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SIIA Calls for a Restoration of Transatlantic Trust

For Immediate Release
SIIA Communications Contact: Kirsten Ballard, Marketing Director

SIIA Calls for a Restoration of Transatlantic Trust

WASHINGTON, D.C. (May 14, 2021) – Today, the Irish High Court issued its ruling on the process followed by the Irish Data Protection Commissioner (IDPC) regarding a provisional order with respect to data transfers by Facebook to the United States. As the IDPC moves forward with its process, we urge EU and US policymakers to forge a path for the restoration of trust on transatlantic data flows.

SIIA’s President and CEO, Jeff Joseph, notes: “The ruling today marks the next chapter for how the U.S. and EU can continue to work together as trusted partners and allies for the world’s largest trading relationship. Potential disruptions to the reasonable and secure flow of data, which is the indispensable circulatory system of healthy transatlantic commerce, serves no one. Not consumers. Not industry. Not our economies.

SIIA’s members rely on the power of data to fuel critical and necessary services, including those that prevent financial crimes and help our children and students to successfully transition to education from home. When this data involves a transatlantic transfer, our members are committed to following the rules and implementing reasonable and appropriate safeguards.

As the IDPC moves forward, we urge the European Commission and U.S. Government to negotiate and finalize a reasonable and clear resolution to the issues raised by the Schrems II ruling last July. Companies and consumers, in both the U.S. and the EU, are looking to our leaders to establish fair and lasting mechanisms that safeguard privacy while allowing innovation and critical services. Let’s tackle the problems ahead with a restored trust between our allied democracies and find a principles-based approach for our ever-evolving digital landscape.”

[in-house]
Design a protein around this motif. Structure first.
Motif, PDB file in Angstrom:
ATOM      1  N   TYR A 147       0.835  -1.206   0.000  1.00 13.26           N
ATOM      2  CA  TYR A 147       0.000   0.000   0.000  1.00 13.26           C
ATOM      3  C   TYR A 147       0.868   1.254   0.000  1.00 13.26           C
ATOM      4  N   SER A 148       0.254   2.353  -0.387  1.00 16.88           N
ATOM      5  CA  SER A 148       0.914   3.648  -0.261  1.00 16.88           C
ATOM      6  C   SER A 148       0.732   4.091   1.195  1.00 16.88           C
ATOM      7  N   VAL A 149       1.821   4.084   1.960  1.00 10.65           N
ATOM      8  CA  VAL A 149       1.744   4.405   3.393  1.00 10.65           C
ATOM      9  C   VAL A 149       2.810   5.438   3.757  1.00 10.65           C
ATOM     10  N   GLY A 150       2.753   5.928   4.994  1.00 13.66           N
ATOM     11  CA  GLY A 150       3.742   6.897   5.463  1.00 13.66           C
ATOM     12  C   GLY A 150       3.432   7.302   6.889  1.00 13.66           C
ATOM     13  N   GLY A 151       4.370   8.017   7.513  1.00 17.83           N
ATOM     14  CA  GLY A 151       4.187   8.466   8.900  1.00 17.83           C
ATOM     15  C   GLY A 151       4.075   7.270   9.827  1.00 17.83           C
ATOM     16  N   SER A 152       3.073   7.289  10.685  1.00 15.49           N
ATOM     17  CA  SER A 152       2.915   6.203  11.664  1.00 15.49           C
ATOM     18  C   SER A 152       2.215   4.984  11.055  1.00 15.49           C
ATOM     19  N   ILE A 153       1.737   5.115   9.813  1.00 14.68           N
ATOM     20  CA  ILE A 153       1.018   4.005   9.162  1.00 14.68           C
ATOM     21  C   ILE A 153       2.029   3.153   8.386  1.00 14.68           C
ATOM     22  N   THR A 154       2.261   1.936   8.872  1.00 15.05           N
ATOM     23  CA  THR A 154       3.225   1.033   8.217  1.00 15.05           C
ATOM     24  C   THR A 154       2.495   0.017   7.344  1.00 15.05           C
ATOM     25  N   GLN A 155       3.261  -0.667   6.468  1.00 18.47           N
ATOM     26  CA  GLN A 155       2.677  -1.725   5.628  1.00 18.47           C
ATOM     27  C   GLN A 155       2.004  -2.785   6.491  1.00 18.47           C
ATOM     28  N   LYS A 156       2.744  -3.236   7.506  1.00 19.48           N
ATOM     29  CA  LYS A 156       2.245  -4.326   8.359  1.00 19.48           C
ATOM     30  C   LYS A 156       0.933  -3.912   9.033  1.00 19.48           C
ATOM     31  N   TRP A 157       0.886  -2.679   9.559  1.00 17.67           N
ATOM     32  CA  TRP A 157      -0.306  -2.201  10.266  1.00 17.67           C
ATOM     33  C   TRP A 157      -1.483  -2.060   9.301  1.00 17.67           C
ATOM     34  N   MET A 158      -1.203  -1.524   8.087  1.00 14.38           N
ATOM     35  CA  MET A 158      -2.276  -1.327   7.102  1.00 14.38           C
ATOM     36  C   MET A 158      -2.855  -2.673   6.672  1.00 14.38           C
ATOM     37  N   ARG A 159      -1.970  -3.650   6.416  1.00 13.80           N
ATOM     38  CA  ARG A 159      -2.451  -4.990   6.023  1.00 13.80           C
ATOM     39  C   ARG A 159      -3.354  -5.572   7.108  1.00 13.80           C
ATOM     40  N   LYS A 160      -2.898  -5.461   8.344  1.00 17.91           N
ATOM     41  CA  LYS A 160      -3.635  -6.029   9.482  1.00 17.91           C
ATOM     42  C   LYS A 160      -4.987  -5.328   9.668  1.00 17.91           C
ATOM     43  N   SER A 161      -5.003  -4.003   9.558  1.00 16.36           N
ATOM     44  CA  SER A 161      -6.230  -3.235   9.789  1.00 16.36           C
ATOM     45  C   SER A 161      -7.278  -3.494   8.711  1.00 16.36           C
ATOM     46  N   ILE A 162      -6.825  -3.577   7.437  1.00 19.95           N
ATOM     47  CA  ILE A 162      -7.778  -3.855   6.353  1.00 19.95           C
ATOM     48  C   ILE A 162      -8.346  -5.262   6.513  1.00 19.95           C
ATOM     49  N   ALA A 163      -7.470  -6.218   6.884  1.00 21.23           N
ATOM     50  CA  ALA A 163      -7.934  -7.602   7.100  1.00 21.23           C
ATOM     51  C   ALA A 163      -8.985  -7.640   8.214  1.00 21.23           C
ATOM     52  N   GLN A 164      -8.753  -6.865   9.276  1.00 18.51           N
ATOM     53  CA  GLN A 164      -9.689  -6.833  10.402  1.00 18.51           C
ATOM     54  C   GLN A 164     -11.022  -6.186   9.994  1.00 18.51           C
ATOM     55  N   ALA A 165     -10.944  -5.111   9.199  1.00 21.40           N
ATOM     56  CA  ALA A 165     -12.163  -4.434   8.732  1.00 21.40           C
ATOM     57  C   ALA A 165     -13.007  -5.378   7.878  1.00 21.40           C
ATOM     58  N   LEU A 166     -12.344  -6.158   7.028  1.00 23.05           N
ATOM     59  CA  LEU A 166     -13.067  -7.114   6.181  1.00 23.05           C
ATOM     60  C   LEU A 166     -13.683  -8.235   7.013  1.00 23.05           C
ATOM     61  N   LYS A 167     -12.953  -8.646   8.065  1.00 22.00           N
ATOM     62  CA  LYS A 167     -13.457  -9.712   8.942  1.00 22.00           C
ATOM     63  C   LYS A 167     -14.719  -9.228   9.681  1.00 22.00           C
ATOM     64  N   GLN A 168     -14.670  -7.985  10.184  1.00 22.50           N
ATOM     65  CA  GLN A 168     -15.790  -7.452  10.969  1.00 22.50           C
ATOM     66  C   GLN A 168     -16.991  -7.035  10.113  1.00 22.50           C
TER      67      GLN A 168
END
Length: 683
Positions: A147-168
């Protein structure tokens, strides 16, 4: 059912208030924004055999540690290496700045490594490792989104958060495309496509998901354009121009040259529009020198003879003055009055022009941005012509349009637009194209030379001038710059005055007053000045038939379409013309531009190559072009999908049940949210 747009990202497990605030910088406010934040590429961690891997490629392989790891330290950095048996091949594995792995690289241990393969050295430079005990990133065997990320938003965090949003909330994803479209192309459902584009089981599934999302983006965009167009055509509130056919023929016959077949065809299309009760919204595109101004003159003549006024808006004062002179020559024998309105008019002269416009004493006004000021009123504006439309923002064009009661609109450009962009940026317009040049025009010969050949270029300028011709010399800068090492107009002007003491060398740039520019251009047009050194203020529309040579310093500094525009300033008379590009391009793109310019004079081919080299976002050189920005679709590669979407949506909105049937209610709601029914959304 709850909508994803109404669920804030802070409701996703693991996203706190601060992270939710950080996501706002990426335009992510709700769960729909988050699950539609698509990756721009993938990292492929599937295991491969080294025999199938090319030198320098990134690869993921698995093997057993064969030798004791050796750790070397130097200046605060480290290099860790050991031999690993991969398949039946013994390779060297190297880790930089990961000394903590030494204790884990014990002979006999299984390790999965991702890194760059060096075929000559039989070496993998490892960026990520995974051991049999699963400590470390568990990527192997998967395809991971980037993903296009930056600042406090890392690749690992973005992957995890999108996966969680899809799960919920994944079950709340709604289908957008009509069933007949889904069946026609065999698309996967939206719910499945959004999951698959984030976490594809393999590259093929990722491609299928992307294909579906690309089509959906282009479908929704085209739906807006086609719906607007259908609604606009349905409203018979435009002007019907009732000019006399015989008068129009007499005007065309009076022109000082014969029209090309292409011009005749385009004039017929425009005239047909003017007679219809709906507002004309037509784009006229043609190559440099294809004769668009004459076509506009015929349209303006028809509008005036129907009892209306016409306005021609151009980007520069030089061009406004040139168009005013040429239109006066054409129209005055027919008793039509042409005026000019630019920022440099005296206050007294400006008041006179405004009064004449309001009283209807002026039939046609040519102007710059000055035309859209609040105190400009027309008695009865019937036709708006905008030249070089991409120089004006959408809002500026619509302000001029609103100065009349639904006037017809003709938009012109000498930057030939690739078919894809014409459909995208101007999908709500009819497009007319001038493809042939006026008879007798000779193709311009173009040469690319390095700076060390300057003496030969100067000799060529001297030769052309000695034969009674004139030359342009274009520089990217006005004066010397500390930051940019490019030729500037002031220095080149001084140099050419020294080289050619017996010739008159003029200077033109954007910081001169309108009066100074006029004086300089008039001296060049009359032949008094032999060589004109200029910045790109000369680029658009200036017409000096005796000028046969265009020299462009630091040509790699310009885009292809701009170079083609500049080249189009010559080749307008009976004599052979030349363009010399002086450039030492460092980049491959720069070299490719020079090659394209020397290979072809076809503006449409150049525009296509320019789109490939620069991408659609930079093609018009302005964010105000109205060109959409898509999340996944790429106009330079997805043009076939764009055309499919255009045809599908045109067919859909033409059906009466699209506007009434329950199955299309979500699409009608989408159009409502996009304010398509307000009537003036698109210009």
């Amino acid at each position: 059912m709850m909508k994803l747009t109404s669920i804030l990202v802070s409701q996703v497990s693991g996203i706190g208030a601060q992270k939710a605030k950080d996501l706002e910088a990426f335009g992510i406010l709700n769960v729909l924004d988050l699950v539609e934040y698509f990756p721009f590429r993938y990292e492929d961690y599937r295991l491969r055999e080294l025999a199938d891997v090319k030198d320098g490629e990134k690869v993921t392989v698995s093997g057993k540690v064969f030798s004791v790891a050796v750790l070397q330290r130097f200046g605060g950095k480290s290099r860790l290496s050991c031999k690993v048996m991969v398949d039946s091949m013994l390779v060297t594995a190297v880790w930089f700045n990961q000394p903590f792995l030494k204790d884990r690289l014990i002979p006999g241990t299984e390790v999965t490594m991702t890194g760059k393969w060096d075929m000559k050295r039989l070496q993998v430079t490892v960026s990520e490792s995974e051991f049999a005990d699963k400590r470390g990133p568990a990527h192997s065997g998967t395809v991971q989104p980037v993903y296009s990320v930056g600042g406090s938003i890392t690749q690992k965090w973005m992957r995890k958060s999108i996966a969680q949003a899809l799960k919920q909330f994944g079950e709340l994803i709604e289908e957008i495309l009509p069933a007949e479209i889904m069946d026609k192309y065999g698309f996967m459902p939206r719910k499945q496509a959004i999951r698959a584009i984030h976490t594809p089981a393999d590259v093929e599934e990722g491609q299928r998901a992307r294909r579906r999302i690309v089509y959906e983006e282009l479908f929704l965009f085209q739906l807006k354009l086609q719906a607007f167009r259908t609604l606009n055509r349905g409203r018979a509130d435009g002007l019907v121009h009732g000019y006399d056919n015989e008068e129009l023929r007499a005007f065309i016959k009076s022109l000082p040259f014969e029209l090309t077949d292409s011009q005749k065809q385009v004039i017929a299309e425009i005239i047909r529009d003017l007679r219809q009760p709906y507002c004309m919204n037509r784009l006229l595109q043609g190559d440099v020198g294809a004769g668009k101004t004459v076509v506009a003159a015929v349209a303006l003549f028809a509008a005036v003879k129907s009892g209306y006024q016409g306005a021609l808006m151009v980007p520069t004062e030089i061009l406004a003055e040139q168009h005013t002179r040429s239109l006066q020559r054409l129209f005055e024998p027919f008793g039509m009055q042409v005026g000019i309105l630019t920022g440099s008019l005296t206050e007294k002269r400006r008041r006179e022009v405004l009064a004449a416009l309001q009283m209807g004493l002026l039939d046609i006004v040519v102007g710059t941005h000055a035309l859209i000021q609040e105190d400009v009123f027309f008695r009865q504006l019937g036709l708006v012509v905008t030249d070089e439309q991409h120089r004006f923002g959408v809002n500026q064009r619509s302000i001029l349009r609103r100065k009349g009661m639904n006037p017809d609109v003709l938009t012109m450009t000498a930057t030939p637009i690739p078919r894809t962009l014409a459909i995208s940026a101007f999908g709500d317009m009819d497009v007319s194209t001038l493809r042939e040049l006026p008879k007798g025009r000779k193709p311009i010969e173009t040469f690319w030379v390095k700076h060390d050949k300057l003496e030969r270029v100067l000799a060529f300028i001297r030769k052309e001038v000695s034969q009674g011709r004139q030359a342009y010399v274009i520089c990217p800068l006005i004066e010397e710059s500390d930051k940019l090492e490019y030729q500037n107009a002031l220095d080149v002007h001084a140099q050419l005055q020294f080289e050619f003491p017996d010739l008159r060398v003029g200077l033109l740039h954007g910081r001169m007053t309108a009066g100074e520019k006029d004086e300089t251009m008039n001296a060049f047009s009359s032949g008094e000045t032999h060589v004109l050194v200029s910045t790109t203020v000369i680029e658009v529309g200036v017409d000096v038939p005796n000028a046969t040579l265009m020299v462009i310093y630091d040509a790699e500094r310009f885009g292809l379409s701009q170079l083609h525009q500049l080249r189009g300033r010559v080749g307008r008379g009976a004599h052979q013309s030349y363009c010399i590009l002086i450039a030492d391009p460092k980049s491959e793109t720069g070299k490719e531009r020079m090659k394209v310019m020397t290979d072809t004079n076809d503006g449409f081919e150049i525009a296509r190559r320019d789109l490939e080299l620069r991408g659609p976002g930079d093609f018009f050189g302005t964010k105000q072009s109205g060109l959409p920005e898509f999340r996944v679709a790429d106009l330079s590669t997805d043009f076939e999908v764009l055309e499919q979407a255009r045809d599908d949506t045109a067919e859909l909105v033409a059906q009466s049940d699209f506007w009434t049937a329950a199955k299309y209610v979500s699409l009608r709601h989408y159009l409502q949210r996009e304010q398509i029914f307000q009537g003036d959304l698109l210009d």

About Software & Information Industry Association (SIIA)
SIIA is the only professional organization connecting more than 700 data, financial information, education technology, specialized content and publishing, and health technology companies. Our diverse members manage the global financial markets, develop software that solves today’s challenges through technology, provide critical information that helps inform global businesses large and small, and innovate for better health care and personal wellness outcomes.

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SIIA Hails Markup of IDEA Act

This morning, the Senate Judiciary Committee moved S. 632, the Inventor Diversity for Economic Advancement (IDEA) Act out of Committee on a bipartisan basis.  The legislation would require the Patent and Trademark Office to amass and publish demographic information about patent applicants.  Jeff Joseph, President and CEO of SIIA, issued the following statement:

“SIIA supports the IDEA Act, and applauds the Committee’s action today. Recent events have drawn attention to systemic inequities in our society.  Good data is essential to determining to what extent those inequities are present in the patent system, and will give the PTO guidance on how to fix them. The IDEA Act requires the PTO to keep track of voluntarily disclosed patent applicant demographic information and publicly report it in the aggregate.  This kind of transparency will help evaluate and ensure that the incentives to innovate are available to everyone regardless of race, gender, or national origin.  We urge its swift enactment.”